November 20, 2003
UW Allen Center fosters a culture of research
By GEORGE SHAW
The design of a research and teaching facility for the 21st century is not just about spatial requirements, functional considerations and important site issues. At the University of Washington, the ultimate measure of success is how well the building supports and cultivates the culture of investigation and research that will inevitably lead to scientific achievement and breakthrough discoveries.
Opened last September, the Paul G. Allen Center for Computer Science & Engineering (CSE), designed by LMN Architects of Seattle, is just such a building, and one that fully captures both the spirit and substance of the emerging “culture of research.”
Hank Levy, CSE associate chair and the building committee chair, suggests that the committee's objective was simply as stated in the facility dedication brochure: “Although a high-tech building, the Allen Center was from its inception conceived as a ‘people place' for a unit that knows its central mission is to produce superbly educated graduates. Every element of the building was designed to stimulate interaction among students, faculty, staff and visitors. Interaction among creative people is the catalyst for great ideas.”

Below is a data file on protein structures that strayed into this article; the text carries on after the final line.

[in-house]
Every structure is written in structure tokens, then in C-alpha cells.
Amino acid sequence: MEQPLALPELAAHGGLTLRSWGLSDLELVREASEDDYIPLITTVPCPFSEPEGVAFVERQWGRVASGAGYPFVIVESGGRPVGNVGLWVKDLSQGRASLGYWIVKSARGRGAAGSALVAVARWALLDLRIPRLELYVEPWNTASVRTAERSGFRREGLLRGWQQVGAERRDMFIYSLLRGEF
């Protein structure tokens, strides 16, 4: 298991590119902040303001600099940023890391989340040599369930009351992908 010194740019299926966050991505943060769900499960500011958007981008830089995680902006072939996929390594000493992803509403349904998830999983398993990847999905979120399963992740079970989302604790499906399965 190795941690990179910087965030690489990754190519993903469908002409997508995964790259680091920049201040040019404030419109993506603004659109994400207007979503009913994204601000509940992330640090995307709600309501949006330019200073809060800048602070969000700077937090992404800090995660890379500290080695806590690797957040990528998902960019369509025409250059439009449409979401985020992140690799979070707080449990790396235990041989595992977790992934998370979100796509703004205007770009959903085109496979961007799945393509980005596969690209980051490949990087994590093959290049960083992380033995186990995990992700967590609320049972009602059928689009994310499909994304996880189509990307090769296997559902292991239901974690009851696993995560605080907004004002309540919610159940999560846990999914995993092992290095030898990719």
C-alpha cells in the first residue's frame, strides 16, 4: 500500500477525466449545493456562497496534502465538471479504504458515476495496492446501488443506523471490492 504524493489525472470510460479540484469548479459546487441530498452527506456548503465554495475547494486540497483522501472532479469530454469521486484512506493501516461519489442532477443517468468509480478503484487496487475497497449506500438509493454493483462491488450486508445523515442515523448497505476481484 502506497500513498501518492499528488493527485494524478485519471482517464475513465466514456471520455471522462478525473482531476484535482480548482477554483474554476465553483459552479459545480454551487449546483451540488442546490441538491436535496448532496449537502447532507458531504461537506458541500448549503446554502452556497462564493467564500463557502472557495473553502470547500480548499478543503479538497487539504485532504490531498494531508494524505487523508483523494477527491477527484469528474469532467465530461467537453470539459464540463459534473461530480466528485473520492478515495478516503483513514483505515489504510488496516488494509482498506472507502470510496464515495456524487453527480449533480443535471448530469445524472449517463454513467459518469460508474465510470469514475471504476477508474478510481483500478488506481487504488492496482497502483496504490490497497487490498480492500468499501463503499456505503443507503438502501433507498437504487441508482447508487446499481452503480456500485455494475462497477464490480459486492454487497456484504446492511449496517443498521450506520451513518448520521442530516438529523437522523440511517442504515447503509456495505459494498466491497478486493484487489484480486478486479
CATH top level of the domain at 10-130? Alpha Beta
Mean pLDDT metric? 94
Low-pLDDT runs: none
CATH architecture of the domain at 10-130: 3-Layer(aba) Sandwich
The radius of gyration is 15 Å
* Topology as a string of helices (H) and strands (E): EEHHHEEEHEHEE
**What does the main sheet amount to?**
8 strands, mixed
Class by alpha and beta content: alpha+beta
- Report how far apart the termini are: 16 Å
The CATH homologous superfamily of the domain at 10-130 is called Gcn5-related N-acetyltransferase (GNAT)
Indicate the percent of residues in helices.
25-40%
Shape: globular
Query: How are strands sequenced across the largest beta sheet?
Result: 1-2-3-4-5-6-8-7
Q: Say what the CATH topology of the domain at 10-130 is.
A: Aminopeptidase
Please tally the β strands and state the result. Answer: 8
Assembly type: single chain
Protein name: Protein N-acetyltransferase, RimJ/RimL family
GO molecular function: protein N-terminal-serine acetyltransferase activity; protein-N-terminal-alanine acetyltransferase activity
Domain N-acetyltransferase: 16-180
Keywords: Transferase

But beyond that, in today's environment, a project that has exceeded all objective and subjective goals, and done so within the established budget, is even a more remarkable achievement. The Allen Center provides 168,000 square feet of new facilities plus an additional 22,000 square feet of renovated area in an adjacent building, all for a total construction cost of $44 million and a total project cost of $72 million.
Setting aside the amounts expended on the remodeled area, the new construction of high-tech laboratory and teaching facilities was achieved for a construction cost of $245 per square foot.
The culture of research
In providing for, and accommodating a culture of research which is rooted in the social fabric of the CSE Department and the larger university community, three principal convictions provided underpinning for the facility's design investigation and development.